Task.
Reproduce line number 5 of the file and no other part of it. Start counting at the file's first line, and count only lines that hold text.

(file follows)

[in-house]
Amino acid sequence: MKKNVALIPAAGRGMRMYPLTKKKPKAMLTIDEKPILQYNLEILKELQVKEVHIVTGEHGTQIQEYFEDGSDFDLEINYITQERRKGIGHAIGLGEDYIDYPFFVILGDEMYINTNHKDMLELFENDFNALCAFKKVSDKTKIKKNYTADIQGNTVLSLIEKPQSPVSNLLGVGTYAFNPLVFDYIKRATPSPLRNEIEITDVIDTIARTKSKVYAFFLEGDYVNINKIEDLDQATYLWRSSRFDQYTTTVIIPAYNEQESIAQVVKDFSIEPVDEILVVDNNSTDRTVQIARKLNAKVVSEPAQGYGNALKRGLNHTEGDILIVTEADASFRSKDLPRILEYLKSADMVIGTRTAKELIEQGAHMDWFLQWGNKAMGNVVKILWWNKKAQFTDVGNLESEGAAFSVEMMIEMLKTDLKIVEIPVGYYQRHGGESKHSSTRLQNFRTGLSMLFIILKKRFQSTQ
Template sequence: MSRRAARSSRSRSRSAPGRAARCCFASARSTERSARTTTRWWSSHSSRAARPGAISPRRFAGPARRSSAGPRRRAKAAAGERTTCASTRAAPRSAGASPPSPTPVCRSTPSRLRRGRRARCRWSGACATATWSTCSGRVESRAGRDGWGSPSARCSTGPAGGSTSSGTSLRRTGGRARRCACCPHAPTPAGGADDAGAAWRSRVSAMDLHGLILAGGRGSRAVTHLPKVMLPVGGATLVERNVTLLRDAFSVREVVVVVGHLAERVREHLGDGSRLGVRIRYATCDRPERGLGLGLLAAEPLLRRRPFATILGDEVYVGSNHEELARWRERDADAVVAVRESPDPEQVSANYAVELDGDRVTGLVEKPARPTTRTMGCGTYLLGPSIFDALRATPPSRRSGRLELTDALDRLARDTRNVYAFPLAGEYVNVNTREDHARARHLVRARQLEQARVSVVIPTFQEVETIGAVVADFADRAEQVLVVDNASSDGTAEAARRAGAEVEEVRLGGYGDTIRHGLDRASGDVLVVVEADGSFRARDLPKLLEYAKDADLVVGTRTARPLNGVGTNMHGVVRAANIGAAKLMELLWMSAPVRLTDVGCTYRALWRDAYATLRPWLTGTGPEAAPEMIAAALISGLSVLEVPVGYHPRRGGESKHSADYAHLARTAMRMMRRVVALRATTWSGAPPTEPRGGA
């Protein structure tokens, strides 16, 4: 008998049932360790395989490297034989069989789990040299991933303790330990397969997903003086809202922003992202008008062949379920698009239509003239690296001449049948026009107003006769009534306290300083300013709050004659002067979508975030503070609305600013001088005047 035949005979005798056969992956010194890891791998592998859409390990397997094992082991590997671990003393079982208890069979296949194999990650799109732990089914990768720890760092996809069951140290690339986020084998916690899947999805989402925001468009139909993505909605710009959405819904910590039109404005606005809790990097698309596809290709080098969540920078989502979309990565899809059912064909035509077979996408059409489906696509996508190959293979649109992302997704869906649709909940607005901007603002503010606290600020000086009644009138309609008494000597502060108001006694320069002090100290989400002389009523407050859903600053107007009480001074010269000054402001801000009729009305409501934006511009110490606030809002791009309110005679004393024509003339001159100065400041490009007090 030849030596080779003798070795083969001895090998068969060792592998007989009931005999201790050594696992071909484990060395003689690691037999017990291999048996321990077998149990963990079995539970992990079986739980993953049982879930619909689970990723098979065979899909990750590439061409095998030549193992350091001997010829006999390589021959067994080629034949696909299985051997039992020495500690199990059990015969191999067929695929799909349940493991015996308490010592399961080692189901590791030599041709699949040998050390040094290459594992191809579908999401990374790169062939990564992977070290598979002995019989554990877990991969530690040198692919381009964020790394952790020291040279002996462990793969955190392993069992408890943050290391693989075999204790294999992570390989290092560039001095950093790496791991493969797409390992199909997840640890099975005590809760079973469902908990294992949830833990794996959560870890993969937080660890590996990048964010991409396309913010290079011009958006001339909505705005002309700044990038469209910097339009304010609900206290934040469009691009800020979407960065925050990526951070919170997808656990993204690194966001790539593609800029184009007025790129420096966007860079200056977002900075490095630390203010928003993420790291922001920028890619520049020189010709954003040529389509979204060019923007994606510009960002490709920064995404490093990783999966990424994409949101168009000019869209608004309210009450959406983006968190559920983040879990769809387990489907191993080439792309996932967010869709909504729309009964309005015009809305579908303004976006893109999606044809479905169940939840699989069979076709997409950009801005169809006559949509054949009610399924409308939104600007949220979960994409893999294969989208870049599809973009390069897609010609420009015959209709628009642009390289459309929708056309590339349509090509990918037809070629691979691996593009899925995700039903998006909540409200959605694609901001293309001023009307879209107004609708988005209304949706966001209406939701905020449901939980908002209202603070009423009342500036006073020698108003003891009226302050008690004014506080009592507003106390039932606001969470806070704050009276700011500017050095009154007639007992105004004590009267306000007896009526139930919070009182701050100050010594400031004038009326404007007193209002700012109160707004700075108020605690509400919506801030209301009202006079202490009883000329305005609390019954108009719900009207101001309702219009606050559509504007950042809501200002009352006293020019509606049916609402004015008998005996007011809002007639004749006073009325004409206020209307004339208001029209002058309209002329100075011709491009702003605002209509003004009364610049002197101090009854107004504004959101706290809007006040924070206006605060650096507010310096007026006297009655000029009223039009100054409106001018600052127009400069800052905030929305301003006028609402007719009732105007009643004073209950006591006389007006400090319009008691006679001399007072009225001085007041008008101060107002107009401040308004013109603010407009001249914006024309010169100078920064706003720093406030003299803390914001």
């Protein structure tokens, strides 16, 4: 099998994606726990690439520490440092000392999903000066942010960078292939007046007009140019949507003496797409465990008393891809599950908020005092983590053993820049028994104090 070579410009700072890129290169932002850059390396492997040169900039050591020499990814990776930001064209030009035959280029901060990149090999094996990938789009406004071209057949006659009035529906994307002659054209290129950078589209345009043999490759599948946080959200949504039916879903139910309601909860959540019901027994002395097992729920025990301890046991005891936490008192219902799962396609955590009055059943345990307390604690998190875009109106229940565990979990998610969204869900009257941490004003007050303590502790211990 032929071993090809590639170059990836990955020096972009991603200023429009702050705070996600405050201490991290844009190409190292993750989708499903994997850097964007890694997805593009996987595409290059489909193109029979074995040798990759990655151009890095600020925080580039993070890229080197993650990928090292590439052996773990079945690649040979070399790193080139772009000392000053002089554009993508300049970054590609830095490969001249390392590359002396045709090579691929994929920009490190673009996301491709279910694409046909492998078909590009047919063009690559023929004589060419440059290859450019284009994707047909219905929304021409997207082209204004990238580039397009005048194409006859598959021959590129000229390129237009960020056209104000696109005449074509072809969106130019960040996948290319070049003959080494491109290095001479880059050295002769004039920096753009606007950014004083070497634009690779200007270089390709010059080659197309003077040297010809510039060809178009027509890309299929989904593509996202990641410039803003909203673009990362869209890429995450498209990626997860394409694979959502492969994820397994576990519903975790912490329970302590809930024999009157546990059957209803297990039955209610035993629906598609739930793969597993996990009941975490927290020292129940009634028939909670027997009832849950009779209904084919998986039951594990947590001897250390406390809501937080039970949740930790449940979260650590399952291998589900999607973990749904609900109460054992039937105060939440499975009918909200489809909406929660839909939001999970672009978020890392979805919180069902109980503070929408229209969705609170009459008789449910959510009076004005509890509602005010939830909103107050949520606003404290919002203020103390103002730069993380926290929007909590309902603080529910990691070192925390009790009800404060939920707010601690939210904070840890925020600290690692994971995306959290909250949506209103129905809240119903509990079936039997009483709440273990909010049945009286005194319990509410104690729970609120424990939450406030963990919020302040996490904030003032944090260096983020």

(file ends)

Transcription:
């Protein structure tokens, strides 16, 4: 099998994606726990690439520490440092000392999903000066942010960078292939007046007009140019949507003496797409465990008393891809599950908020005092983590053993820049028994104090 070579410009700072890129290169932002850059390396492997040169900039050591020499990814990776930001064209030009035959280029901060990149090999094996990938789009406004071209057949006659009035529906994307002659054209290129950078589209345009043999490759599948946080959200949504039916879903139910309601909860959540019901027994002395097992729920025990301890046991005891936490008192219902799962396609955590009055059943345990307390604690998190875009109106229940565990979990998610969204869900009257941490004003007050303590502790211990 032929071993090809590639170059990836990955020096972009991603200023429009702050705070996600405050201490991290844009190409190292993750989708499903994997850097964007890694997805593009996987595409290059489909193109029979074995040798990759990655151009890095600020925080580039993070890229080197993650990928090292590439052996773990079945690649040979070399790193080139772009000392000053002089554009993508300049970054590609830095490969001249390392590359002396045709090579691929994929920009490190673009996301491709279910694409046909492998078909590009047919063009690559023929004589060419440059290859450019284009994707047909219905929304021409997207082209204004990238580039397009005048194409006859598959021959590129000229390129237009960020056209104000696109005449074509072809969106130019960040996948290319070049003959080494491109290095001479880059050295002769004039920096753009606007950014004083070497634009690779200007270089390709010059080659197309003077040297010809510039060809178009027509890309299929989904593509996202990641410039803003909203673009990362869209890429995450498209990626997860394409694979959502492969994820397994576990519903975790912490329970302590809930024999009157546990059957209803297990039955209610035993629906598609739930793969597993996990009941975490927290020292129940009634028939909670027997009832849950009779209904084919998986039951594990947590001897250390406390809501937080039970949740930790449940979260650590399952291998589900999607973990749904609900109460054992039937105060939440499975009918909200489809909406929660839909939001999970672009978020890392979805919180069902109980503070929408229209969705609170009459008789449910959510009076004005509890509602005010939830909103107050949520606003404290919002203020103390103002730069993380926290929007909590309902603080529910990691070192925390009790009800404060939920707010601690939210904070840890925020600290690692994971995306959290909250949506209103129905809240119903509990079936039997009483709440273990909010049945009286005194319990509410104690729970609120424990939450406030963990919020302040996490904030003032944090260096983020």